Traditionally, when we think about schools and family involvement, we picture “moms.” Moms getting their children up in the morning, fixing lunches, and walking children to school. Moms helping with homework, going to parent-teacher conferences and volunteering at school. This vision makes sense, given that at one point in our society, mothers were the primary caregivers and school volunteers. However, our society has changed and so have moms.
We know that children thrive when they have adults caring for them and supporting their education. And adults are stronger when they have each other to support them in raising their children. Mothers and fathers, step-parents, older siblings, aunts, uncles, foster and adoptive parents, grandparents, family friends, and neighbors all pitch in to ensure the most positive outcomes for children. It truly takes a village to raise a child to reach his or her potential.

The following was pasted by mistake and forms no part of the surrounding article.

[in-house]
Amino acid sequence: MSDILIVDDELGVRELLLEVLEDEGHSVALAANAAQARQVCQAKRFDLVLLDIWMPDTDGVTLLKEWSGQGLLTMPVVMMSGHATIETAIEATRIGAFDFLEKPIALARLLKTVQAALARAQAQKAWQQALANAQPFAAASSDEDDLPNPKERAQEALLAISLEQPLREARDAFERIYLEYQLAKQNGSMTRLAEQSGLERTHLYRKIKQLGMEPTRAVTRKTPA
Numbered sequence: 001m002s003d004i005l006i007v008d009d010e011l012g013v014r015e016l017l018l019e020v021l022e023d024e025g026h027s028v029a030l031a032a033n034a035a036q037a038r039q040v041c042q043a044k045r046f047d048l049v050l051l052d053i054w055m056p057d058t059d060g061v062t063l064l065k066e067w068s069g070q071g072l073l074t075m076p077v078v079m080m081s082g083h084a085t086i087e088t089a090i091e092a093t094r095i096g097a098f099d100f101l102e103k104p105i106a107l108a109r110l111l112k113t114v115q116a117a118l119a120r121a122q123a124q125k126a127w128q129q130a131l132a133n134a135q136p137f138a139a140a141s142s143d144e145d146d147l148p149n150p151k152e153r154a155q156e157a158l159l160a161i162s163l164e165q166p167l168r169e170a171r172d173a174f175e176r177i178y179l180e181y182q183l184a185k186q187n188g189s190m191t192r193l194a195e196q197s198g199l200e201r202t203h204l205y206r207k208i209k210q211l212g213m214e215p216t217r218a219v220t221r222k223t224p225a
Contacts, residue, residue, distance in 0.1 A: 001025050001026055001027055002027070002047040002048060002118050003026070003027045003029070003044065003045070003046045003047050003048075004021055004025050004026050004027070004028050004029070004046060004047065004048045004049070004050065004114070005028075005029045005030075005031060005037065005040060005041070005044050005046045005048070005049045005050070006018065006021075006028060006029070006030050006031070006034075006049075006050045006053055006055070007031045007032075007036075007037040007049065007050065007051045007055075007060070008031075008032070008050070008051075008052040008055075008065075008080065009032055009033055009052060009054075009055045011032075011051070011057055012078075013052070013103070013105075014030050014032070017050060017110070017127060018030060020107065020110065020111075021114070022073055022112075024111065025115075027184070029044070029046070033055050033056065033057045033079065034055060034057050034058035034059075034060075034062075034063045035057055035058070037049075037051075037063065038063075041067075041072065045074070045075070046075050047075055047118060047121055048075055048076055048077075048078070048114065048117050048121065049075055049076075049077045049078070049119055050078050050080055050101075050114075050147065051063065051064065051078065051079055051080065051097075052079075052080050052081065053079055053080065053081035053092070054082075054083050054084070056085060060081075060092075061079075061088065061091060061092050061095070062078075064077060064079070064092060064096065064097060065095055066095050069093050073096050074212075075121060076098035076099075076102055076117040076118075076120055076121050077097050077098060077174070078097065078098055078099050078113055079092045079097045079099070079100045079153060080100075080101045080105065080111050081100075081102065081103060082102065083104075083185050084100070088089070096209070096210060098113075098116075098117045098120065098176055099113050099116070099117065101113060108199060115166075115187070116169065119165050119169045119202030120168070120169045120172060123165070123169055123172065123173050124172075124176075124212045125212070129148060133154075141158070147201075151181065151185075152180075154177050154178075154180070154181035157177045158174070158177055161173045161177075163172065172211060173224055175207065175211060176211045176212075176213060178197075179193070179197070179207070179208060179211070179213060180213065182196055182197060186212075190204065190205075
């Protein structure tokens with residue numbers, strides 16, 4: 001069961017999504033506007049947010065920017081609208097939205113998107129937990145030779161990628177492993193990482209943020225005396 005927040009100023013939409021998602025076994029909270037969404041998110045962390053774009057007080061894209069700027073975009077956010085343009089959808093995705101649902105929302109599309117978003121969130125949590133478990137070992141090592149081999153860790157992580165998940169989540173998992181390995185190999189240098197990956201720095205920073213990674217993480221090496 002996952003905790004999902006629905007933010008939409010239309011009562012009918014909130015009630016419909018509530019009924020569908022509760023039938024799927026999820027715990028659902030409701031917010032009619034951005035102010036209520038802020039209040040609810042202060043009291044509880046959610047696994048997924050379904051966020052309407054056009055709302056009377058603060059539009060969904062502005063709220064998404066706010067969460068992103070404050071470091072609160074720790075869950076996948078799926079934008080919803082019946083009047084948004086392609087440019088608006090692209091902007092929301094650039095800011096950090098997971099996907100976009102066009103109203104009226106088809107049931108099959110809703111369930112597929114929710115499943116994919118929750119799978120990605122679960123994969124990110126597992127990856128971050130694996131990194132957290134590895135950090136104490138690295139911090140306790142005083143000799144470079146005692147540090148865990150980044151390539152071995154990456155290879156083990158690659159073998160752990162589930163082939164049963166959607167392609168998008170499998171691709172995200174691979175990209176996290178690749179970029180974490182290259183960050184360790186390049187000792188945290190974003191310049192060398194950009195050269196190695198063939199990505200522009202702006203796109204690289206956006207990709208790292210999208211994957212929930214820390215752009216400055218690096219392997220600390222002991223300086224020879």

As research has shown for decades, and continually supports, parent involvement in schools is a crucial factor in children’s academic success. The shift from “parent involvement” to “family engagement” acknowledges that the reality of who is “parenting” a child is broadening and there needs to be more meaningful input and dialogue between schools and families.